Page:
Look, I'm on my 1st iPad, my 2nd iPhone, and my 3rd iMac, so when it comes to the neverending Apple vs The World debate I'll forgive you for assuming I'm firmly on Apple's side. As far as I'm concerned though, enforcing rules like this doesn't advance the medium or the platform. They don't discourage criticism either; generally they invite even more of it. It's a dumb move from just about every angle, in my eyes.

If you want to read more about Sweatshop's removal (and the removal of some similar apps that preceded it) check out this post on Pocket Gamer, and if you want to see what's so scandalous about Sweatshop you can play it for free online here.

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Mixed reality iris 2013Iris Ophelia (@bleatingheart, Janine Hawkins IRL) has been featured in the New York Times and has spoken about SL-based design at the Fashion Institute of Technology in Manhattan and with pop culture/fashion maven Johanna Blakley.

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Iggy

Rant on, Iris: Apple has never been known for its sense of humor, save for when they put iTunes out for Windows: Apple's site read "Hell just froze over."

As for Sweatshop? It's brilliant and Kafkaesque. It cuts too close to a lot of bones, since Apple is not the only firm getting its hardware from places none of us might wish to work (the Foxconn hoax aside).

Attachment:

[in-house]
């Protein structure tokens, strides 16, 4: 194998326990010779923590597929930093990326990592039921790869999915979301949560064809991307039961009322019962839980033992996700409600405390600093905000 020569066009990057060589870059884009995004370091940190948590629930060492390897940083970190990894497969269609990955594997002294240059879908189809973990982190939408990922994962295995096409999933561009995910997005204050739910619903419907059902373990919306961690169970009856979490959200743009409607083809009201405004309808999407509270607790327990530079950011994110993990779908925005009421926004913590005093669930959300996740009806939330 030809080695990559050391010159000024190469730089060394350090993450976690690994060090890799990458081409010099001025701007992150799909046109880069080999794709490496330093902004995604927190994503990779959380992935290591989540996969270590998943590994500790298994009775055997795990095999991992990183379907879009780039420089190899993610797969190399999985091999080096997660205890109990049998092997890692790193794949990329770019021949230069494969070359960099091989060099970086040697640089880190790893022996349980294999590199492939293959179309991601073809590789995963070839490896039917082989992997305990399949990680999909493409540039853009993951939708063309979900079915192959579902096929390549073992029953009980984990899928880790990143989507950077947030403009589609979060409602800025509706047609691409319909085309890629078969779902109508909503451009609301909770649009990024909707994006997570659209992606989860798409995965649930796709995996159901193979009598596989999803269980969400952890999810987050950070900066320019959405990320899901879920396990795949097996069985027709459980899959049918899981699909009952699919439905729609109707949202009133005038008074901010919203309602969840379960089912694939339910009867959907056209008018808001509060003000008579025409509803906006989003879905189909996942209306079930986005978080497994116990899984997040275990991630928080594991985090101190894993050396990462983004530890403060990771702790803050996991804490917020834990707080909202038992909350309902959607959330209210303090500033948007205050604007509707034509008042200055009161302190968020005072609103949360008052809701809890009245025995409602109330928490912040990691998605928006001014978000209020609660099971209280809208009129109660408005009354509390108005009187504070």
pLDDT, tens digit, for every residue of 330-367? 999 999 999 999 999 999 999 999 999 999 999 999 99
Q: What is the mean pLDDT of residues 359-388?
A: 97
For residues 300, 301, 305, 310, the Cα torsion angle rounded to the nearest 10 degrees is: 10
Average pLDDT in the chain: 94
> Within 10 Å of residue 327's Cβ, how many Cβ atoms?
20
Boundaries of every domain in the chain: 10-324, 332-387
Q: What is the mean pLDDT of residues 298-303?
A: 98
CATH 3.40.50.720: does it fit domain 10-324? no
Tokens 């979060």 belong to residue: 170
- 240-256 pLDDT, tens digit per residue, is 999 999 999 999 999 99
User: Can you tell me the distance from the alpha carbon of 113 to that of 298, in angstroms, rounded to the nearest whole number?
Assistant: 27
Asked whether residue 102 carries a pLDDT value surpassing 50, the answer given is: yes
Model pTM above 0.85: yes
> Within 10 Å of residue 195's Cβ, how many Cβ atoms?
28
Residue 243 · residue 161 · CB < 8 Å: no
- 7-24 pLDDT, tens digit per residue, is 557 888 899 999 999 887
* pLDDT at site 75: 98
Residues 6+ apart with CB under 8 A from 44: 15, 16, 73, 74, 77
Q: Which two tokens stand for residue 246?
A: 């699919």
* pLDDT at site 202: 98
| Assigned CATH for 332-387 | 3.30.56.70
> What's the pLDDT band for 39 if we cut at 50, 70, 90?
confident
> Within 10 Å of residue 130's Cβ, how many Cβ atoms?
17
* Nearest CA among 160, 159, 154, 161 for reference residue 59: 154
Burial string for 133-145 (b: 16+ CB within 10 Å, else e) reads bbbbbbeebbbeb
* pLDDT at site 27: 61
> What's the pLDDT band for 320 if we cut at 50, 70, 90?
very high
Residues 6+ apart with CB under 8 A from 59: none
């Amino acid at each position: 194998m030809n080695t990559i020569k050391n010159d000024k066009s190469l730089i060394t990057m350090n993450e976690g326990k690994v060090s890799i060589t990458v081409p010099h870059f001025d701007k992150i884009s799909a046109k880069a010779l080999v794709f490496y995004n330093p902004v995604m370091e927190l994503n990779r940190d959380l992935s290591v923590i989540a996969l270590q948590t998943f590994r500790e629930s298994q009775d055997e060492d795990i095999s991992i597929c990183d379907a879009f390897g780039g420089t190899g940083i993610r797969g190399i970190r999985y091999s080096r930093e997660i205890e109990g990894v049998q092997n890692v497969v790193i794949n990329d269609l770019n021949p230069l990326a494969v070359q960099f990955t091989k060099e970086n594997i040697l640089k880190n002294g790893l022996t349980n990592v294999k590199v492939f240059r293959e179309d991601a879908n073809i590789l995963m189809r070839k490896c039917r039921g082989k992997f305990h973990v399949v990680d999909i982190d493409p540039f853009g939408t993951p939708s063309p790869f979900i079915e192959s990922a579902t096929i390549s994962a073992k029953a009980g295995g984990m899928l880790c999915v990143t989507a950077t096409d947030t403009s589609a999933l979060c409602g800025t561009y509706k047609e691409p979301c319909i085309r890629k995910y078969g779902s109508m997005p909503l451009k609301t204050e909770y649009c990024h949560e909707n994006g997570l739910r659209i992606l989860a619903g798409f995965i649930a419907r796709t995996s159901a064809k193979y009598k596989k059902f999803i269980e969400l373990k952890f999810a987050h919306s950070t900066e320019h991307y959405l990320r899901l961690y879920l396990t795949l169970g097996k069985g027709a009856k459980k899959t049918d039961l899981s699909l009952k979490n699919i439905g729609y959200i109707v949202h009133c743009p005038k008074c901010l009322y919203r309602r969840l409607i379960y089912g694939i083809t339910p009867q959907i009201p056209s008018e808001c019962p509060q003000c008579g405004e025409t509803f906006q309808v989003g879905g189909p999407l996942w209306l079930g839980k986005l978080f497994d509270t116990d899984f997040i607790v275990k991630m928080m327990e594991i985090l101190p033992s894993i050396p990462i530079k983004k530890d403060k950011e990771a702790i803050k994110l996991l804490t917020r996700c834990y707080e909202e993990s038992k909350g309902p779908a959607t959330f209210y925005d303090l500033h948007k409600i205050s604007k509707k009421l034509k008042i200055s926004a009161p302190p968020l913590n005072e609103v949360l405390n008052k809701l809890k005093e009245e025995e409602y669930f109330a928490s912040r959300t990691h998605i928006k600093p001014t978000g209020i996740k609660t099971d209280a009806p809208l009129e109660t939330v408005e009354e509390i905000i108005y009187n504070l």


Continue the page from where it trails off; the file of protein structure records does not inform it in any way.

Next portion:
And it can be played on the Web, thank goodness, right on my MacBook :D

Orca Flotta

It's not about Apple's view of the world, limited as it is, neither is it about political correctness. And the connection of sweatshops with Apple is only one aspect of the whole desastrous decision.

It's about freedom of choice.
It's about not accepting bullkrap from a hard/software supplier.
It's about not letting them rule over you.
It's about not letting them control your media consumption, steering your thoughts.

So I'm happy to report that we binned our last iMac some years ago. And won't touch their evil products ever again. Same goes for MS, Google, Amazon and some other IT providers. Once they start making me feel like they are trying to rule over me I'm outtie ;)

Arcadia Codesmith

The Internet is problematic as a free speech forum exactly because so much of it is in private hands, and those entities are under no legal obligation to protect free speech or expression.

We don't see a problem with this when it's speech we strongly disagree with. But the same censorship that can keep discussions civil and on-topic can also be used to suppress any speech critical of the forum operator.

I don't have an easy answer. If I were an Apple consumer, I wouldn't want to see a flood of apps promoting hate philosophies or cyberbullying or objectification of people. But as a free speech advocate, I understand that the only way to avoid suppression of speech I value is to allow expression of speech I abhor.

And while I recognize the right of a private company to control their forums, app stores, and other avenues of expression, I'm concerned that moderated, censored venues have largely displaced open free-speech commons.

Pienaar

I am reading this blopg post from my iphone. I think there was a time when apple products had their value as innovation drivers and providers of simple user interfaces. But others have learned from them and theses censorship stories really allienate me from the apple brand. For me it's time to move on.